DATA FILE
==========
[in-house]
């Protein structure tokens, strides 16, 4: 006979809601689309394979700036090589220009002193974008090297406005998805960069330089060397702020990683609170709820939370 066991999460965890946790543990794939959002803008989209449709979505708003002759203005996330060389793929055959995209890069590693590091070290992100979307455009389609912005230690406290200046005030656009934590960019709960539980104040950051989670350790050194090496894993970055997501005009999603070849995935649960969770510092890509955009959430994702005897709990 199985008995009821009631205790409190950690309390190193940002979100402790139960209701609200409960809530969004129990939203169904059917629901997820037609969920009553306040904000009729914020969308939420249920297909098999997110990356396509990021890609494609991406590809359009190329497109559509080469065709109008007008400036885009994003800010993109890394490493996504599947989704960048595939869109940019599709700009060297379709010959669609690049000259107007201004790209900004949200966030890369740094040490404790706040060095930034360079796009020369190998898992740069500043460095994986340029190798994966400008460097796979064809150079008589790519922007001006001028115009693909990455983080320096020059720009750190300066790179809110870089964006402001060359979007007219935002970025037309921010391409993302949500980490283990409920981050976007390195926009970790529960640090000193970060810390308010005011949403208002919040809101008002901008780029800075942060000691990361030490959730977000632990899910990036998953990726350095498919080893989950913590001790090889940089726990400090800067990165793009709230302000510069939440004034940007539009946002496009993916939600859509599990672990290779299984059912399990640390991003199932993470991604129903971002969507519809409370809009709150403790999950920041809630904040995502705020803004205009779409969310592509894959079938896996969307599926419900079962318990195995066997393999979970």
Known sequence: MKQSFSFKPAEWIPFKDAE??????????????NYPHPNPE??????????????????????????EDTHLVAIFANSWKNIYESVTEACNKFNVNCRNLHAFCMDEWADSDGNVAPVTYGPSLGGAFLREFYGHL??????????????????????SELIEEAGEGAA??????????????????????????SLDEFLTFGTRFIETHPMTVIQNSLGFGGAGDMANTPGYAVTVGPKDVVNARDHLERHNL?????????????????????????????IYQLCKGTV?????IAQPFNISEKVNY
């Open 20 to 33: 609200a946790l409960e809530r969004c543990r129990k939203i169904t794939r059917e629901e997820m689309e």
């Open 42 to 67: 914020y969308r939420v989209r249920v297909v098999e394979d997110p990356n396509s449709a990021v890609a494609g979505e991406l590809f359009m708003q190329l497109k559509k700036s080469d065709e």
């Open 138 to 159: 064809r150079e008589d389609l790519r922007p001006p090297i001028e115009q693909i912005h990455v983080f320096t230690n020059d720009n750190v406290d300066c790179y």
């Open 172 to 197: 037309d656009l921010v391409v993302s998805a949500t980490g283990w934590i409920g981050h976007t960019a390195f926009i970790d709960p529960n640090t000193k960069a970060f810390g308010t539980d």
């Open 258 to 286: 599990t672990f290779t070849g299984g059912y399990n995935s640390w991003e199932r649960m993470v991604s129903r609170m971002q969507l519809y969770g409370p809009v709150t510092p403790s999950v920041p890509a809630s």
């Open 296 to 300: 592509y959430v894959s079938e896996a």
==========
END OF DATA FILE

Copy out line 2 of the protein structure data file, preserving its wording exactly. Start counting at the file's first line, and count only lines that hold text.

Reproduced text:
């Protein structure tokens, strides 16, 4: 006979809601689309394979700036090589220009002193974008090297406005998805960069330089060397702020990683609170709820939370 066991999460965890946790543990794939959002803008989209449709979505708003002759203005996330060389793929055959995209890069590693590091070290992100979307455009389609912005230690406290200046005030656009934590960019709960539980104040950051989670350790050194090496894993970055997501005009999603070849995935649960969770510092890509955009959430994702005897709990 199985008995009821009631205790409190950690309390190193940002979100402790139960209701609200409960809530969004129990939203169904059917629901997820037609969920009553306040904000009729914020969308939420249920297909098999997110990356396509990021890609494609991406590809359009190329497109559509080469065709109008007008400036885009994003800010993109890394490493996504599947989704960048595939869109940019599709700009060297379709010959669609690049000259107007201004790209900004949200966030890369740094040490404790706040060095930034360079796009020369190998898992740069500043460095994986340029190798994966400008460097796979064809150079008589790519922007001006001028115009693909990455983080320096020059720009750190300066790179809110870089964006402001060359979007007219935002970025037309921010391409993302949500980490283990409920981050976007390195926009970790529960640090000193970060810390308010005011949403208002919040809101008002901008780029800075942060000691990361030490959730977000632990899910990036998953990726350095498919080893989950913590001790090889940089726990400090800067990165793009709230302000510069939440004034940007539009946002496009993916939600859509599990672990290779299984059912399990640390991003199932993470991604129903971002969507519809409370809009709150403790999950920041809630904040995502705020803004205009779409969310592509894959079938896996969307599926419900079962318990195995066997393999979970």